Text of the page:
“Forgive me. I didn’t have time to write a shorter letter.”
We are not talking necessarily about uni-dexterous people.
The basic idea of a stand-up is for the team to synchronise itself and self-organise around the sprint goal. However it is not uncommon for this understanding to be missing in practice. As an aside the difference between “not uncommon” and “common” is that the former is saying that something is not rare, but not necessarily common and the later is taking about something that is common and it’s occurrence should be almost a given. Of course the phrase “not uncommon” can be used in a situation where someone is trying to be polite, or not give offence. Now John Major, according to some sources (however questionable) took this to an art form, but there might indeed be a point in his manner of communication. Similar to Rumsfeld’s much pilloried “known unknowns….”, which actually had a very valid point, and even said so fairly directly, cannot provide certainty of not being misunderstood. Now, “not being misunderstood”, in light of the current discussion may seem to be different from “understood”, but the difference is difficult to discern. Indeed the only thing I can think of is that, “being understood” precludes obvious confusion, while “not being misunderstood” doesn’t. However where was I… ah, and maybe this is one way in which someone speaking at a stand-up can meander all over the country. Indeed if you have senior managers present they feel even more inclined to blabber. If you think all this is blabbering, then you are to be easily forgiven.. now, where was I? Ah…The stand-up, as people debate the recent developments and blocks and next steps, sorry they were not meant to debate, only discuss, or maybe just describe briefly during the stand-up. So coming back to the point, team members are taking in whatever information is being aired and are reacting to it. This manner of stand-up, especially if the prevailing corporate culture is wallowing in being politically correct, will invariable mean a lengthy discussion even as a part of the formal stand-up.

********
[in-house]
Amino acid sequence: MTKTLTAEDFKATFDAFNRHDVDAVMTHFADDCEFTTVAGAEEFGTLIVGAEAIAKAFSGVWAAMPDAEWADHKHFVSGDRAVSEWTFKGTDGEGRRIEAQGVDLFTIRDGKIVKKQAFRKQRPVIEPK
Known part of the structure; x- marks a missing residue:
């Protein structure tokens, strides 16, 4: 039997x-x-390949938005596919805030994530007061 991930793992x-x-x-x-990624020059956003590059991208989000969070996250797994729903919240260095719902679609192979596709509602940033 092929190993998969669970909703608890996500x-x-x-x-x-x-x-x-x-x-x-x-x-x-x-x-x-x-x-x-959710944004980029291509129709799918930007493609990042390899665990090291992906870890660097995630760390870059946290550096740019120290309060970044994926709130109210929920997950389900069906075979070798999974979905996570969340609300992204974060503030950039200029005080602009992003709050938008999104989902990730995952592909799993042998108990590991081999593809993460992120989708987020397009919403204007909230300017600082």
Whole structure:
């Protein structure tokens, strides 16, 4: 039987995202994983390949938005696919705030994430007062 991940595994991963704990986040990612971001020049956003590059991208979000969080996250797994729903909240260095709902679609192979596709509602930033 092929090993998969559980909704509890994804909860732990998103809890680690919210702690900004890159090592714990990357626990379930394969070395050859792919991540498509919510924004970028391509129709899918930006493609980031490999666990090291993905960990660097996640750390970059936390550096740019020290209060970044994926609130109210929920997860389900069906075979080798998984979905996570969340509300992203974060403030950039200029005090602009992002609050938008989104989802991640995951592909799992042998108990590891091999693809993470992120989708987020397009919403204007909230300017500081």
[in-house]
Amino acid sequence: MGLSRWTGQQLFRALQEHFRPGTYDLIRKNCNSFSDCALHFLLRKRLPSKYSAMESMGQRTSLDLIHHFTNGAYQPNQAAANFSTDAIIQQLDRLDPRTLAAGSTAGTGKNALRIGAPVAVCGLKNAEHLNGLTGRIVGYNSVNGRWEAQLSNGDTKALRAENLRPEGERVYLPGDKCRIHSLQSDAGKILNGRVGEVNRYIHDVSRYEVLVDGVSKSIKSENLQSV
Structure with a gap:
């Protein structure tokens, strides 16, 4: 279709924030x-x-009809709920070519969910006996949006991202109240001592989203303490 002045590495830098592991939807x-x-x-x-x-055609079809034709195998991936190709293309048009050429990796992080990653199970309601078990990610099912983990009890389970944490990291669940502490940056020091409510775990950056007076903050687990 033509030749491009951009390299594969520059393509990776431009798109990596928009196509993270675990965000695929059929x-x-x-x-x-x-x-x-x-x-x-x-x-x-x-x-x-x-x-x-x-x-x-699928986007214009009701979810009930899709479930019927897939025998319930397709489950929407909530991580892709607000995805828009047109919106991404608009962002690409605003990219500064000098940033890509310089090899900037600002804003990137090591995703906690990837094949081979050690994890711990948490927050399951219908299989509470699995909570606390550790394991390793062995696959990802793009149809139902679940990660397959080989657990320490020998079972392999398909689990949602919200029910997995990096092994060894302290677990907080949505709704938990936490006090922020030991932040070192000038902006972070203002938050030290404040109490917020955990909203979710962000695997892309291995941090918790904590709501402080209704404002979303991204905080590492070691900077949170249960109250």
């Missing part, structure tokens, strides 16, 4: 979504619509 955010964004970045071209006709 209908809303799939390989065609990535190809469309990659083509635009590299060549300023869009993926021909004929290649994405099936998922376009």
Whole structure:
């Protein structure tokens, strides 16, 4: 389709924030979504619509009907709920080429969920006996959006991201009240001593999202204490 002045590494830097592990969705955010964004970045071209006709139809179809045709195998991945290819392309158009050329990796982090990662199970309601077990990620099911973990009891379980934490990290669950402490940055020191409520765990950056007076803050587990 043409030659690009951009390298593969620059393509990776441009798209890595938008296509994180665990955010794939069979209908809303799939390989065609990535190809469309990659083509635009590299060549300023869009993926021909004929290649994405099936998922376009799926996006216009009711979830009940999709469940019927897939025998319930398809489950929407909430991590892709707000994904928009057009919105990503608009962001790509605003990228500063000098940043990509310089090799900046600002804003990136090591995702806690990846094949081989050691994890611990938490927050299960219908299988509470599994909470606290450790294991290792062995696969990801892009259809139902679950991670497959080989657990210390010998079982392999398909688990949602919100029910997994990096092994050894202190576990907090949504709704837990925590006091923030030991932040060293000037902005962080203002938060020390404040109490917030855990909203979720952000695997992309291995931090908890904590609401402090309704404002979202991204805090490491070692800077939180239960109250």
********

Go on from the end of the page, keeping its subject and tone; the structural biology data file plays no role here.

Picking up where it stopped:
In case the team sees the stand-up as a pure status reporting, then mostly each person will provide a quick monologue to some extent in a forced or resigned manner, and not uncommonly, even guarded; Now, I need not point out to an intelligent bystander, that “not uncommon” is not the same as “common”, however returning to the subject under discussion…such a team’s stand-up will be mostly pointless, and useful only to the manager/supervisor, if at all. So a short stand-up is not necessarily a good one! I must also caution that a pure status report generally places a strong temptation for people to look good, especially if senior management is present. A good case, for senior management to only rarely attending stand-ups or even better not at all. In case the team is not too disengaged, there may be instances where impediments are aired but a bit late. Now “not too disengaged” is different from engaged, something we’ve been discussing and defining but not debating. The engaged team is a different animal, but it could be a mixed blessing….
… especially if everyone is eager to show how good they are! Then they’ll talk and talk and not shut up. This is particularly true of Indians (As you can see from the writing above also as the saying goes “Put ten Chinese in a room, and you’ll never get any one to speak up, put ten Indians in a room, and you’ll never get them to …”
This is where the one-legged stand-up comes in: The team member speaking has to give his update standing on one leg. Of course he is free to choose which leg, as long as he is not one legged.